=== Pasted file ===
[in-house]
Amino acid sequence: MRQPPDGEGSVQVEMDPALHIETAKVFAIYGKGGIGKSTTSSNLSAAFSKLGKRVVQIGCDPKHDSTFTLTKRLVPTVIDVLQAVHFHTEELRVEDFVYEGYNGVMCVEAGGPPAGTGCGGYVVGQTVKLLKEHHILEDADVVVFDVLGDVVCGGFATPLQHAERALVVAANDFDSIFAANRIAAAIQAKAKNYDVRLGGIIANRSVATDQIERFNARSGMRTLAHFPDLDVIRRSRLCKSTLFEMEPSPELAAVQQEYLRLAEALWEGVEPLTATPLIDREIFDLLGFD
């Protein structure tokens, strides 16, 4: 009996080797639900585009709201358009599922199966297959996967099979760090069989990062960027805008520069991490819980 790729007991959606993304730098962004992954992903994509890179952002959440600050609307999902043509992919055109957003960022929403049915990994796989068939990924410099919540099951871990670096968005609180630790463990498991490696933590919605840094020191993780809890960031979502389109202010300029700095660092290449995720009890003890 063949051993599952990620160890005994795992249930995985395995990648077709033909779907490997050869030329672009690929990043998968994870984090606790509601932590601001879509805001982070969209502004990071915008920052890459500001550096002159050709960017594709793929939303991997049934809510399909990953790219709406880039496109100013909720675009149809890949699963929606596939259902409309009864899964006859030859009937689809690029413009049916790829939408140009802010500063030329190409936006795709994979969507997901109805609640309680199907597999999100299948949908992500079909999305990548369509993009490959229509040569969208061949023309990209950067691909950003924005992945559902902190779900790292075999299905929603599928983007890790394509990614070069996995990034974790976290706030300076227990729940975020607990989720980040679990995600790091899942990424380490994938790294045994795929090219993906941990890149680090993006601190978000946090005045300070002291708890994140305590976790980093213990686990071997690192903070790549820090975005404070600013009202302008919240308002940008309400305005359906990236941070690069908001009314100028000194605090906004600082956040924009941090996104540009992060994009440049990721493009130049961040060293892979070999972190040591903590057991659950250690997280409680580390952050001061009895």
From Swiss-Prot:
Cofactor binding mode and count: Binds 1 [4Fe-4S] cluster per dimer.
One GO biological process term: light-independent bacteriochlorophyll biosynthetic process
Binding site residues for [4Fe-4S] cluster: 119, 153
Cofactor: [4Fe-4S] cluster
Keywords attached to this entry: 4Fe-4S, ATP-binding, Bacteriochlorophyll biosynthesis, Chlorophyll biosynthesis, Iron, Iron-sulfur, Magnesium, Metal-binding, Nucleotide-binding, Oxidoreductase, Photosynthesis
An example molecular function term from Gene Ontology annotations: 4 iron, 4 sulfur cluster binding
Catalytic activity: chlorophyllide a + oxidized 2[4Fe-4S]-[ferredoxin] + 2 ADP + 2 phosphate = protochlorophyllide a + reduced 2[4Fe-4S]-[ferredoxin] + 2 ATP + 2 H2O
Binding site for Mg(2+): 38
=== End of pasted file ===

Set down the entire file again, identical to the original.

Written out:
[in-house]
Amino acid sequence: MRQPPDGEGSVQVEMDPALHIETAKVFAIYGKGGIGKSTTSSNLSAAFSKLGKRVVQIGCDPKHDSTFTLTKRLVPTVIDVLQAVHFHTEELRVEDFVYEGYNGVMCVEAGGPPAGTGCGGYVVGQTVKLLKEHHILEDADVVVFDVLGDVVCGGFATPLQHAERALVVAANDFDSIFAANRIAAAIQAKAKNYDVRLGGIIANRSVATDQIERFNARSGMRTLAHFPDLDVIRRSRLCKSTLFEMEPSPELAAVQQEYLRLAEALWEGVEPLTATPLIDREIFDLLGFD
């Protein structure tokens, strides 16, 4: 009996080797639900585009709201358009599922199966297959996967099979760090069989990062960027805008520069991490819980 790729007991959606993304730098962004992954992903994509890179952002959440600050609307999902043509992919055109957003960022929403049915990994796989068939990924410099919540099951871990670096968005609180630790463990498991490696933590919605840094020191993780809890960031979502389109202010300029700095660092290449995720009890003890 063949051993599952990620160890005994795992249930995985395995990648077709033909779907490997050869030329672009690929990043998968994870984090606790509601932590601001879509805001982070969209502004990071915008920052890459500001550096002159050709960017594709793929939303991997049934809510399909990953790219709406880039496109100013909720675009149809890949699963929606596939259902409309009864899964006859030859009937689809690029413009049916790829939408140009802010500063030329190409936006795709994979969507997901109805609640309680199907597999999100299948949908992500079909999305990548369509993009490959229509040569969208061949023309990209950067691909950003924005992945559902902190779900790292075999299905929603599928983007890790394509990614070069996995990034974790976290706030300076227990729940975020607990989720980040679990995600790091899942990424380490994938790294045994795929090219993906941990890149680090993006601190978000946090005045300070002291708890994140305590976790980093213990686990071997690192903070790549820090975005404070600013009202302008919240308002940008309400305005359906990236941070690069908001009314100028000194605090906004600082956040924009941090996104540009992060994009440049990721493009130049961040060293892979070999972190040591903590057991659950250690997280409680580390952050001061009895």
From Swiss-Prot:
Cofactor binding mode and count: Binds 1 [4Fe-4S] cluster per dimer.
One GO biological process term: light-independent bacteriochlorophyll biosynthetic process
Binding site residues for [4Fe-4S] cluster: 119, 153
Cofactor: [4Fe-4S] cluster
Keywords attached to this entry: 4Fe-4S, ATP-binding, Bacteriochlorophyll biosynthesis, Chlorophyll biosynthesis, Iron, Iron-sulfur, Magnesium, Metal-binding, Nucleotide-binding, Oxidoreductase, Photosynthesis
An example molecular function term from Gene Ontology annotations: 4 iron, 4 sulfur cluster binding
Catalytic activity: chlorophyllide a + oxidized 2[4Fe-4S]-[ferredoxin] + 2 ADP + 2 phosphate = protochlorophyllide a + reduced 2[4Fe-4S]-[ferredoxin] + 2 ATP + 2 H2O
Binding site for Mg(2+): 38